Drug manufacturer threats to the access of 340B drugs have risen in the past month, but NACHC offers advice to help health centers adjust to the changing environment.

Webinar Presenters:

  • Michael B. Glomb, Feldesman Tucker Leifer Fidell LLP
  • Jeff Allen, BKD
  • Scott Gold, BKD


In the past month, a handful of notable drug manufacturers have started implementing guidelines that subsequently scale back the 340B program, a program that allows health systems to capture savings from discounted drugs in order to provide low-income patients access to them. During the National Association of Community Health Center’s (NACHC) Finance Office Hours on Sept. 16, speakers provided community health centers with some counsel on how to adapt and survive during changes to the 340B program.


Drug Manufacturers Threatening 340B

The drug manufacturer Eli Lilly was among the first to cause a disturbance to the long-running program. As of Sept. 1, Lilly banned 340B hospitals from obtaining discounted drugs through a contract pharmacy, with the exception of insulin. Where the problem lies is that many of these hospitals do not have the resources to support an in-house pharmacy. According to the Government Accountability Office, approximately one-third of 340B hospitals rely on contract pharmacies to dispense discounted drugs.¹

In consequence, many low-income patients will no longer be able to afford their prescriptions, which, of course, can lead to worsening health outcomes.

AstraZenaca, another drug manufacturer, followed suit shortly after Lilly’s announcement.

In a similar vein, manufacturers Merck, Sanofi and Novartis are requiring the submission of non-Medicaid claims data, which speakers at NACHC’s webinar say are beyond the companies’ scope of entitlement.

Additionally, Kalderos, a tech company automating 340B pay, is supplying drug manufacturers with the technology to crack down on duplicate discounts.² Duplicate discounts arise when an item classified as 340B is also submitted for a Medicaid rebate, which forces the manufacturer to pay double in discounts. While Kalderos says its rebate model has providers in mind and is in compliance with the Health Resources and Services Administration (HRSA), the implications of the model bring into question the effect on poverty-level patients.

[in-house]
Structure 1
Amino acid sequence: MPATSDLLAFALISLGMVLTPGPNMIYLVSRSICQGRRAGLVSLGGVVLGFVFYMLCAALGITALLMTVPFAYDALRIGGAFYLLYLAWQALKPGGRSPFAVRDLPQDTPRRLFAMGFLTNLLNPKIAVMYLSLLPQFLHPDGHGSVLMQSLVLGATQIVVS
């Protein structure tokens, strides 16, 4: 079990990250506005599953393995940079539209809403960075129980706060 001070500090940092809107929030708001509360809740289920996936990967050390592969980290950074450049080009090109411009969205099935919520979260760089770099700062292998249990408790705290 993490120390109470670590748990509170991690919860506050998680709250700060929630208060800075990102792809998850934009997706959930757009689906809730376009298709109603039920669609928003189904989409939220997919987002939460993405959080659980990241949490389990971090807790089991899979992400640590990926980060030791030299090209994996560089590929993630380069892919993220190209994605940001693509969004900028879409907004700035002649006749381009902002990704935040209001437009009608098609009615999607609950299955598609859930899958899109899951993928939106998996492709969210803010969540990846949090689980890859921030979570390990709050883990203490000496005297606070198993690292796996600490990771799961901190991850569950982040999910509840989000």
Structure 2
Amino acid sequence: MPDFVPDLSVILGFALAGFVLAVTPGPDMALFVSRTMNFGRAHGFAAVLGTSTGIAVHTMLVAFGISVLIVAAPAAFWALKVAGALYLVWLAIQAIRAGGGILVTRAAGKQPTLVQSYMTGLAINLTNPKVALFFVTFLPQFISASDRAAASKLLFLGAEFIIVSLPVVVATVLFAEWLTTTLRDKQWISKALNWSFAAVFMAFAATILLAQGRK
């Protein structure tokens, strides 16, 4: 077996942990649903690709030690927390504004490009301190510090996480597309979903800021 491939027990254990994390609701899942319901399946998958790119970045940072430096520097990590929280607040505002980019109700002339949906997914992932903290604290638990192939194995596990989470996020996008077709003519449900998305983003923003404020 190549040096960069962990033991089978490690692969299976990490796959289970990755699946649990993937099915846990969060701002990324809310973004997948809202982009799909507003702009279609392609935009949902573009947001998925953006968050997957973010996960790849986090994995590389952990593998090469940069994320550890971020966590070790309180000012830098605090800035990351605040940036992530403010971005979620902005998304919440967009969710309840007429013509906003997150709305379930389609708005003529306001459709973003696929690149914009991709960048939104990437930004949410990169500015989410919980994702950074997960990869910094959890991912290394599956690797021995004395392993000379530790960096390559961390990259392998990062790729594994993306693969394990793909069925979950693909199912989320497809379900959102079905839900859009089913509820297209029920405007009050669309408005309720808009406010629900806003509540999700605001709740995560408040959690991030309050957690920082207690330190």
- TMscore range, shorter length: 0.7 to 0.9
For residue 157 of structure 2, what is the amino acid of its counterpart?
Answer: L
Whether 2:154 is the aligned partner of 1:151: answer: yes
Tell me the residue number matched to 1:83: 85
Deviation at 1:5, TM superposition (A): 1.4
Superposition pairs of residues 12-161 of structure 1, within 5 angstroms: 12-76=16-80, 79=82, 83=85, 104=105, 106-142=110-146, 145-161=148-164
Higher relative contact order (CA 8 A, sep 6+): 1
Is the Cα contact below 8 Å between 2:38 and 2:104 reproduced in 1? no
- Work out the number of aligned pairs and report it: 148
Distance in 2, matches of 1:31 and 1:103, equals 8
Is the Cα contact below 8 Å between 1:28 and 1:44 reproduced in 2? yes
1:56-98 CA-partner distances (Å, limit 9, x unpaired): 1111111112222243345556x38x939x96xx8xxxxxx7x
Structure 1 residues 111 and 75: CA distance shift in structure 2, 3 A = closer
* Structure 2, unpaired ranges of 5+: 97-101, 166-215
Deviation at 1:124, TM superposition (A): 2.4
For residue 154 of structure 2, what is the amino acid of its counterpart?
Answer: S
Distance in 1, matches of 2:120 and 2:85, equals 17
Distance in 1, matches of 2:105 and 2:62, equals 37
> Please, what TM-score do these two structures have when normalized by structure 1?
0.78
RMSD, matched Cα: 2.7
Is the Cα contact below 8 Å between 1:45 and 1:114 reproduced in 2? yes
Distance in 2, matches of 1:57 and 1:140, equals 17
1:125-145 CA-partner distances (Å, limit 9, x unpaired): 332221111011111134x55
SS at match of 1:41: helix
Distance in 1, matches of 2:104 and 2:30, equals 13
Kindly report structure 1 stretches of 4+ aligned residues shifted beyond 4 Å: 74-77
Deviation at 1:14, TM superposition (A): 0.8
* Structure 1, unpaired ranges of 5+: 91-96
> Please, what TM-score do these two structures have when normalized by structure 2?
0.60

Adapting to the New 340B

While NACHC is actively advocating and lobbying government officials to intervene in this disruption, there are some things health centers can do in the mean time to prepare for the shift away from the 340B program.

According to Jeff Allen at the accounting firm BKD, the immediate next steps should include analyzing the financial impact this shift will have on your practice and patient population. His advice is to gather the health center’s board of directors to draft a long-term plan should contract pharmacy revenues not return to its previous state. Begin to look at where quality improvement could result in margin improvement.


Telehealth as Your Long-term Solution

Did you know that a full suite of telehealth services can help you decrease overall costs of care and ensure 340B specialty prescription savings are being captured by your health center? Firstly, telehealth takes a proactive, holistic approach to care. The use of Remote Patient Monitoring (RPM) also helps identify any major changes in a chronically ill patient’s health before they worsen, so their care plan can be adapted immediately. Telehealth services such as Transitional Care Management (TCM) also help newly discharged patients stay on track to recovery, preventing costly readmissions and decreasing the need for additional medications. Follow-up telehealth visits can even be pre-scheduled for your health center providers through this proactive telehealth model. Learn more about this process, here.

Telehealth is also useful in targeting the Quadruple Aim, which is meant to include provider satisfaction as an essential part of a value-based care work environment.


Allen also recommended analyzing whether there are community resources and partnerships available to help patients receive access to the medications they need. This can call for observing what has previously been done for patients in need outside the scope of the 340B program.

Lastly, Allen suggests taking these considerations into account and weigh against your health center’s unique needs:

  • Communicate the impact of 340B changes with providers, as they may have to adjust their script behaviors
  • Examine how your patients in need of specialty care will be impacted differently
  • Look at Rx contract language. Do you have a loophole with any of the medications? Consult a lawyer to fully explore your options.



¹ King, Robert. “Eli Lilly to Halt Sales of 340B Drugs to Contract Pharmacies with Exception of Insulin.” FierceHealthcare, 2 Sept. 2020, www.fiercehealthcare.com/hospitals/eli-lilly-to-halt-sales-340b-drugs-to-contract-pharmacies-exception-insulin.

² Kalderos. “Kalderos Launches 340B Pay, the Technology-Enabled Solution for 340B Rebates.” PRNewsWire, 25 Aug. 2020, www.prnewswire.com/news-releases/kalderos-launches-340b-pay-the-technology-enabled-solution-for-340b-rebates-301117963.html.